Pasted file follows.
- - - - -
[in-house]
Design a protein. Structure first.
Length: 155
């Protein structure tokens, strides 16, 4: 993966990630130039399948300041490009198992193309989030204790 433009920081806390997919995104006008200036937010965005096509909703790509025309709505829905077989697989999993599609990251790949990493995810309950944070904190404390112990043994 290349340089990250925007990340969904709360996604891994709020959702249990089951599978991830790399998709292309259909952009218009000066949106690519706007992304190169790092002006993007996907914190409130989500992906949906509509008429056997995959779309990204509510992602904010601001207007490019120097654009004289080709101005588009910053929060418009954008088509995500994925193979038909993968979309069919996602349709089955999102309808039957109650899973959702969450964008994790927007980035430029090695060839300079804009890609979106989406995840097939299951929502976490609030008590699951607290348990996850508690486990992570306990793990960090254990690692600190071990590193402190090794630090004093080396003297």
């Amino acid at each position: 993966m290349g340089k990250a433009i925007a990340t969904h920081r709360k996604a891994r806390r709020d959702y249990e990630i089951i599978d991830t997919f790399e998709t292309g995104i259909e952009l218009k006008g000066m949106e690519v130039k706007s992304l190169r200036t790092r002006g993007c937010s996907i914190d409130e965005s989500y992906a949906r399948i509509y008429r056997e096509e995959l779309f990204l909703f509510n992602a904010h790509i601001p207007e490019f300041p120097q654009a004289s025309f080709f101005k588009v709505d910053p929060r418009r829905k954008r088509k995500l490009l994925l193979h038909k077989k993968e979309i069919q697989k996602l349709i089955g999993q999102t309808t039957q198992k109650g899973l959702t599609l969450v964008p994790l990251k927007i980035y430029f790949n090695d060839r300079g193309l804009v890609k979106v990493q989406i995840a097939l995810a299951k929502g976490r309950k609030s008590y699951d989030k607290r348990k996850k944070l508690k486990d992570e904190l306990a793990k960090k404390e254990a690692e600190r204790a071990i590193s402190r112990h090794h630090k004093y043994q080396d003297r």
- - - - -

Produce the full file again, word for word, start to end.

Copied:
[in-house]
Design a protein. Structure first.
Length: 155
């Protein structure tokens, strides 16, 4: 993966990630130039399948300041490009198992193309989030204790 433009920081806390997919995104006008200036937010965005096509909703790509025309709505829905077989697989999993599609990251790949990493995810309950944070904190404390112990043994 290349340089990250925007990340969904709360996604891994709020959702249990089951599978991830790399998709292309259909952009218009000066949106690519706007992304190169790092002006993007996907914190409130989500992906949906509509008429056997995959779309990204509510992602904010601001207007490019120097654009004289080709101005588009910053929060418009954008088509995500994925193979038909993968979309069919996602349709089955999102309808039957109650899973959702969450964008994790927007980035430029090695060839300079804009890609979106989406995840097939299951929502976490609030008590699951607290348990996850508690486990992570306990793990960090254990690692600190071990590193402190090794630090004093080396003297």
């Amino acid at each position: 993966m290349g340089k990250a433009i925007a990340t969904h920081r709360k996604a891994r806390r709020d959702y249990e990630i089951i599978d991830t997919f790399e998709t292309g995104i259909e952009l218009k006008g000066m949106e690519v130039k706007s992304l190169r200036t790092r002006g993007c937010s996907i914190d409130e965005s989500y992906a949906r399948i509509y008429r056997e096509e995959l779309f990204l909703f509510n992602a904010h790509i601001p207007e490019f300041p120097q654009a004289s025309f080709f101005k588009v709505d910053p929060r418009r829905k954008r088509k995500l490009l994925l193979h038909k077989k993968e979309i069919q697989k996602l349709i089955g999993q999102t309808t039957q198992k109650g899973l959702t599609l969450v964008p994790l990251k927007i980035y430029f790949n090695d060839r300079g193309l804009v890609k979106v990493q989406i995840a097939l995810a299951k929502g976490r309950k609030s008590y699951d989030k607290r348990k996850k944070l508690k486990d992570e904190l306990a793990k960090k404390e254990a690692e600190r204790a071990i590193s402190r112990h090794h630090k004093y043994q080396d003297r």